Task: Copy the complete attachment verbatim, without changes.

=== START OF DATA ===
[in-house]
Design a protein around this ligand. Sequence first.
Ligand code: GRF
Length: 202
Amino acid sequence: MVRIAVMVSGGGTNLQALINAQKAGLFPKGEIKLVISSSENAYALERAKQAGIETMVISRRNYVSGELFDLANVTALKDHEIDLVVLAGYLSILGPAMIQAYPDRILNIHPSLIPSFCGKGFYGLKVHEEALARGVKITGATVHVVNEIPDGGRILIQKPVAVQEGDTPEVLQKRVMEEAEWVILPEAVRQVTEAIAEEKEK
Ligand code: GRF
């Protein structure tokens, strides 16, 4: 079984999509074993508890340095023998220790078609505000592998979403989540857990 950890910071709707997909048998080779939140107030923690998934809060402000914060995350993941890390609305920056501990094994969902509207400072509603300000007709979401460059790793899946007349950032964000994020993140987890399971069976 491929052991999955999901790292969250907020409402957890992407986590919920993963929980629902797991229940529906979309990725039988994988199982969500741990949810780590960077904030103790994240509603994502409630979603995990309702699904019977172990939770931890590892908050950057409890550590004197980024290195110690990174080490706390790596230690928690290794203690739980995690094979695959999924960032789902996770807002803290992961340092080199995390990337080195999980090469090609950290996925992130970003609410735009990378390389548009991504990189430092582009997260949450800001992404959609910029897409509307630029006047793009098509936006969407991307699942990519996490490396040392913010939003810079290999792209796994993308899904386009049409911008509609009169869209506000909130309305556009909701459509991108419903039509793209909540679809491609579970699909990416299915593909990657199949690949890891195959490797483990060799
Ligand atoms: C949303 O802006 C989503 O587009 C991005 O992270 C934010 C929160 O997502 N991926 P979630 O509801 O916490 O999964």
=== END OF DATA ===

[in-house]
Design a protein around this ligand. Sequence first.
Ligand code: GRF
Length: 202
Amino acid sequence: MVRIAVMVSGGGTNLQALINAQKAGLFPKGEIKLVISSSENAYALERAKQAGIETMVISRRNYVSGELFDLANVTALKDHEIDLVVLAGYLSILGPAMIQAYPDRILNIHPSLIPSFCGKGFYGLKVHEEALARGVKITGATVHVVNEIPDGGRILIQKPVAVQEGDTPEVLQKRVMEEAEWVILPEAVRQVTEAIAEEKEK
Ligand code: GRF
């Protein structure tokens, strides 16, 4: 079984999509074993508890340095023998220790078609505000592998979403989540857990 950890910071709707997909048998080779939140107030923690998934809060402000914060995350993941890390609305920056501990094994969902509207400072509603300000007709979401460059790793899946007349950032964000994020993140987890399971069976 491929052991999955999901790292969250907020409402957890992407986590919920993963929980629902797991229940529906979309990725039988994988199982969500741990949810780590960077904030103790994240509603994502409630979603995990309702699904019977172990939770931890590892908050950057409890550590004197980024290195110690990174080490706390790596230690928690290794203690739980995690094979695959999924960032789902996770807002803290992961340092080199995390990337080195999980090469090609950290996925992130970003609410735009990378390389548009991504990189430092582009997260949450800001992404959609910029897409509307630029006047793009098509936006969407991307699942990519996490490396040392913010939003810079290999792209796994993308899904386009049409911008509609009169869209506000909130309305556009909701459509991108419903039509793209909540679809491609579970699909990416299915593909990657199949690949890891195959490797483990060799
Ligand atoms: C949303 O802006 C989503 O587009 C991005 O992270 C934010 C929160 O997502 N991926 P979630 O509801 O916490 O999964």